mission is to serve people in need by expanding the ability of the United
Nations, governments and other partners to manage projects, infrastructure and
procurement in a sustainable and efficient manner.
Within these three core areas of expertise, UNOPS provides its partners with
advisory, implementation and transactional services, with projects ranging from
building schools and hospitals, to procuring goods and services and training
local personnel. UNOPS works closely with governments and communities to ensure
increased economic, social and environmental sustainability for the projects we
support, with a focus on developing national capacity.
Working in some of the world’s most challenging environments, our vision is to
advance sustainable implementation practices in development, humanitarian and
peacebuilding contexts, always satisfying or surpassing partner expectations.
With over 7,000
personnel spread across 80 countries, UNOPS offers its partners the logistical,
technical and management knowledge they need, wherever they need it. A flexible
structure and global reach means we can quickly respond to our partners' needs,
while offering the benefits of economies of scale.
The UNISDR is the
focal point in the UN System to promote links and synergies between, and the
coordination of, disaster reduction activities in the socio-economic,
humanitarian and development fields, as well as to support policy integration.
It serves as an international information clearinghouse on disaster reduction,
developing awareness campaigns and producing articles, journals, and other
publications and promotional materials related to disaster reduction. Its
core areas of work includes ensuring disaster risk reduction (DRR) is applied
to climate change adaptation, increasing investments for DRR, building
disaster-resilient cities, schools and hospitals, and strengthening the
international system for DRR.
UNISDR’s vision is
anchored on the four priorities for action set out in the Sendai Framework for
Disaster Risk Reduction adopted by the Third UN World Conference on Disaster
Risk Reduction on 18 March 2015 in Sendai, Japan. The four priorities are
composed of 1) understanding disaster risk, 2) strengthening disaster risk
governance to manage disaster risk, 3) investing in disaster risk reduction for
resilience, and 4) enhancing disaster preparedness for effective response and
to “Build Back Better” in recovery, rehabilitation and reconstruction.
Disasters from natural
hazards continue to cause significant loss of life and property in the region.
However, in spite of increasing disaster losses, investments to strengthen
disaster resilience remain a low priority. This is partly due to the limited
understanding of the socio-economic ramifications of disasters as the damage
and losses caused by historical disasters are often not widely known; and the
limited understanding of the opportunities available to reduce disaster risk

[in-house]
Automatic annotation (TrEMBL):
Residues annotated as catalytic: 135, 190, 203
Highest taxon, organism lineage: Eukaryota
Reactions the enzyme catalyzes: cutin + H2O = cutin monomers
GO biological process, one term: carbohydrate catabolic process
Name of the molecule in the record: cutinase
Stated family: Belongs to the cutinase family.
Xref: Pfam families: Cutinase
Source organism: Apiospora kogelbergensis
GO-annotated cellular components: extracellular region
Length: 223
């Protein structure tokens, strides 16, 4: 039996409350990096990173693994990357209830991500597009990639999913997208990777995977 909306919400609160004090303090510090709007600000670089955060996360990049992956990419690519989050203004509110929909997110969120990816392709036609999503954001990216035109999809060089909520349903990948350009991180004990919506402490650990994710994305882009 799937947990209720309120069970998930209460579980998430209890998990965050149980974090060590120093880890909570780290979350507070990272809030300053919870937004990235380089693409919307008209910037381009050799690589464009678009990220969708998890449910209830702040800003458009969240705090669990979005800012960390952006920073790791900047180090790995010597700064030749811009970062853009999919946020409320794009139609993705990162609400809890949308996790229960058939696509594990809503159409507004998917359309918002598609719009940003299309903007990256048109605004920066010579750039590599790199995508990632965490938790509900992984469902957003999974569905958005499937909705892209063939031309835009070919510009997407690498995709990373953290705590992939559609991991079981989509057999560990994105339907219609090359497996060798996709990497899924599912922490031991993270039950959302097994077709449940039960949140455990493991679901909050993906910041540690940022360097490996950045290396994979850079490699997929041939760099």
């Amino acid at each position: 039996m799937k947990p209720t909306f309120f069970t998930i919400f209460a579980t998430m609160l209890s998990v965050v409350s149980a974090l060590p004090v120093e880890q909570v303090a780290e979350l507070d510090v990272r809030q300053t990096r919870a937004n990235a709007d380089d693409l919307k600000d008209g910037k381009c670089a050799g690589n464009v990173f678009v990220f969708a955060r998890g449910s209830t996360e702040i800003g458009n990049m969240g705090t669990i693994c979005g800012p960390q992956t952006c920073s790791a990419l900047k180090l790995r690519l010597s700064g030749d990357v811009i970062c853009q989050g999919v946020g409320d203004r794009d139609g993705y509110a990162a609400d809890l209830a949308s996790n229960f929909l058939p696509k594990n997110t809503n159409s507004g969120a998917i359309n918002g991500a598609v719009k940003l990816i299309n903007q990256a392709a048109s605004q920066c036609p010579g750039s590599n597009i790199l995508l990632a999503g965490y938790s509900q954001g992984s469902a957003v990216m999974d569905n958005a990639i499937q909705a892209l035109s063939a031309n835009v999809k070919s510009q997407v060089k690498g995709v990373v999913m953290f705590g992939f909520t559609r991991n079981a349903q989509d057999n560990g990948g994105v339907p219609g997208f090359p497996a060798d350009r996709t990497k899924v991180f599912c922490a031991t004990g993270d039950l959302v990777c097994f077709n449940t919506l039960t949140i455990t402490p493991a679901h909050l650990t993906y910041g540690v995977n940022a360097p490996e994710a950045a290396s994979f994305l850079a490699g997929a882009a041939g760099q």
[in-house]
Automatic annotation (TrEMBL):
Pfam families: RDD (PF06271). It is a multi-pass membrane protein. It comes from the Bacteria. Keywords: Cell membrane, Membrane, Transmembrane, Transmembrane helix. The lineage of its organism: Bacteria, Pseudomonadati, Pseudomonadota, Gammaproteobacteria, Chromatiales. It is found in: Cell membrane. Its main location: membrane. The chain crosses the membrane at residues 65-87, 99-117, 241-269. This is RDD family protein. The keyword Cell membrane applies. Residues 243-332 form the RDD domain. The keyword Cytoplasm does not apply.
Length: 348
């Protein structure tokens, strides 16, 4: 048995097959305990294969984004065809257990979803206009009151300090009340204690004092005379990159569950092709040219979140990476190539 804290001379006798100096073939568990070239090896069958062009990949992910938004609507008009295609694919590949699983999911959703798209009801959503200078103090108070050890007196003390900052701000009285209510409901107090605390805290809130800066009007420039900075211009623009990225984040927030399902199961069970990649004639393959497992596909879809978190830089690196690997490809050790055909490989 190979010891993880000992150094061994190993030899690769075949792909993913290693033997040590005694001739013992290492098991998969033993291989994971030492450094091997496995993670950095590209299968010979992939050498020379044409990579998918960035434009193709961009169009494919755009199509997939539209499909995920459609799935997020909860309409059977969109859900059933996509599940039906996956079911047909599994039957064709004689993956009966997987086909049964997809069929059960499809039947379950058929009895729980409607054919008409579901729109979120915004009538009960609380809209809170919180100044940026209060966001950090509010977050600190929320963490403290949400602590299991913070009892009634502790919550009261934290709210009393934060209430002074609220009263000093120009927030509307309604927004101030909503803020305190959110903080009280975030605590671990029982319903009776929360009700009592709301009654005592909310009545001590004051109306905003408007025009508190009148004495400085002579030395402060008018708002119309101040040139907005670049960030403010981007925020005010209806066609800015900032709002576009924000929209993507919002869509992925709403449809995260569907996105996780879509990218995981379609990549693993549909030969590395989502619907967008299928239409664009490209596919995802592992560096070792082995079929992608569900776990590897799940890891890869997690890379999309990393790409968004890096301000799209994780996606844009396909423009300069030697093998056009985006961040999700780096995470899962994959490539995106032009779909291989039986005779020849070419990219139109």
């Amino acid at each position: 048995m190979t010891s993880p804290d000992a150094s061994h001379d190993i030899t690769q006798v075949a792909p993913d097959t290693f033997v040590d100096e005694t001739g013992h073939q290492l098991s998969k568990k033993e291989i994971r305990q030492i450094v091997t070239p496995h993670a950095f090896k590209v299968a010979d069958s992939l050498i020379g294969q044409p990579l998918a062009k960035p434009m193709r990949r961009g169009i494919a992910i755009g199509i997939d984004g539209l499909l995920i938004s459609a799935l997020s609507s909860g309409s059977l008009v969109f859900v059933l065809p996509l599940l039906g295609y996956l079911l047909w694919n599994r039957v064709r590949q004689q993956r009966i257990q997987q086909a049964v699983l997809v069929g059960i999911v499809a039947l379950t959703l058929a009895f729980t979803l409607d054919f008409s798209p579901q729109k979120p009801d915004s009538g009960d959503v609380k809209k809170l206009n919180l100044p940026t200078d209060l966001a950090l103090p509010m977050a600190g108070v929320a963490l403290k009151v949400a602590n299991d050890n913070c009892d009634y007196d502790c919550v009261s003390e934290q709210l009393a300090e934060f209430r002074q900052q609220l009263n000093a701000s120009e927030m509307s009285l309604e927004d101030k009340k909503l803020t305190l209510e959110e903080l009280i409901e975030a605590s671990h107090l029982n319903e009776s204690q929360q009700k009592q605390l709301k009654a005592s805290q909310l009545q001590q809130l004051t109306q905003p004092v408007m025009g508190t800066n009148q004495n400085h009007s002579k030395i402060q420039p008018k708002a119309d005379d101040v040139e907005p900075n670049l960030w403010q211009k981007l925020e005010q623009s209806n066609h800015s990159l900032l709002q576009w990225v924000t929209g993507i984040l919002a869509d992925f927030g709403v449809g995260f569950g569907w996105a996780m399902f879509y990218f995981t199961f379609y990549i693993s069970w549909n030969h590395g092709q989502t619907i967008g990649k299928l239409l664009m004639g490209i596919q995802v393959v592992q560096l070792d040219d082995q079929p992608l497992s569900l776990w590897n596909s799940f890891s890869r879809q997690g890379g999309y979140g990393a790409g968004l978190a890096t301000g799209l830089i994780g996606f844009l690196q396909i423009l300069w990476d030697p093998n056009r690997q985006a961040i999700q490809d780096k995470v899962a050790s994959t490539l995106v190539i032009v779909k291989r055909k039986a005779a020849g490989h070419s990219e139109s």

through development investments.
disaster risks have been addressed by governments through improvements in
disaster preparedness and emergency response. However, as losses soar to
record amounts, governments are now exploring new strategies and
approaches to ensure the sustainability of public investment and the protection
and stability of budgets.
One of the main
reasons why countries find it hard to justify increasing investment in disaster
risk management is the fact that they have difficulties in assessing not just
current risks and actual losses, but also in specifying the types and amounts
of resources required to strengthen risk governance capacities.
In addition to
challenges in using risk information to inform disaster resilient investments,
there are further challenges in securing financing for tracking disaster risk
management (DRM)-related investments. DRM-related investment needs are often scattered
across a number of sector budgets and, in some cases, may form just one
component (e.g., seismically-strengthened design) or even an indirect benefit
of a wider development project (e.g., irrigation of land reduces the effects of
drought) rather than standalone projects. The extent of public investment on
DRM may not be explicitly reflected in records on the allocation and use of
public funds, and the issue of DRM possibly even fully considered in national
In order to contribute
to an increased level of social, economic and environmental development, UNISDR
with the Asian Development Bank (ADB) implementing an initiative for
strengthening capacity for integration of disaster risk information in public
investment planning processes in three countries namely Cambodia, Lao PDR, and
The specialists will
review existing public investment planning processes in each of the three
project countries, and assess the extent to which disaster risk considerations
are or can be factored into existing processes. The specialist will:
specialist will be responsible for developing a country report reviewing public
investment planning processes in a scope of integrating disaster risk
considerations in respective countries; Cambodia, Lao PDR, and Myanmar.
The position require 5 years of relevant experience in the respective country on DRM
policy and institutional setup; and the public investment planning
The specialist will work under the guidance
of the international public investment planning and DRM specialist, and will be
supervised by staff from the UNISDR Regional Office in Bangkok.
It is the policy of UNOPS to conduct background checks on all potential recruits/interns.
Recruitment/internship in UNOPS is contingent on the results of such checks.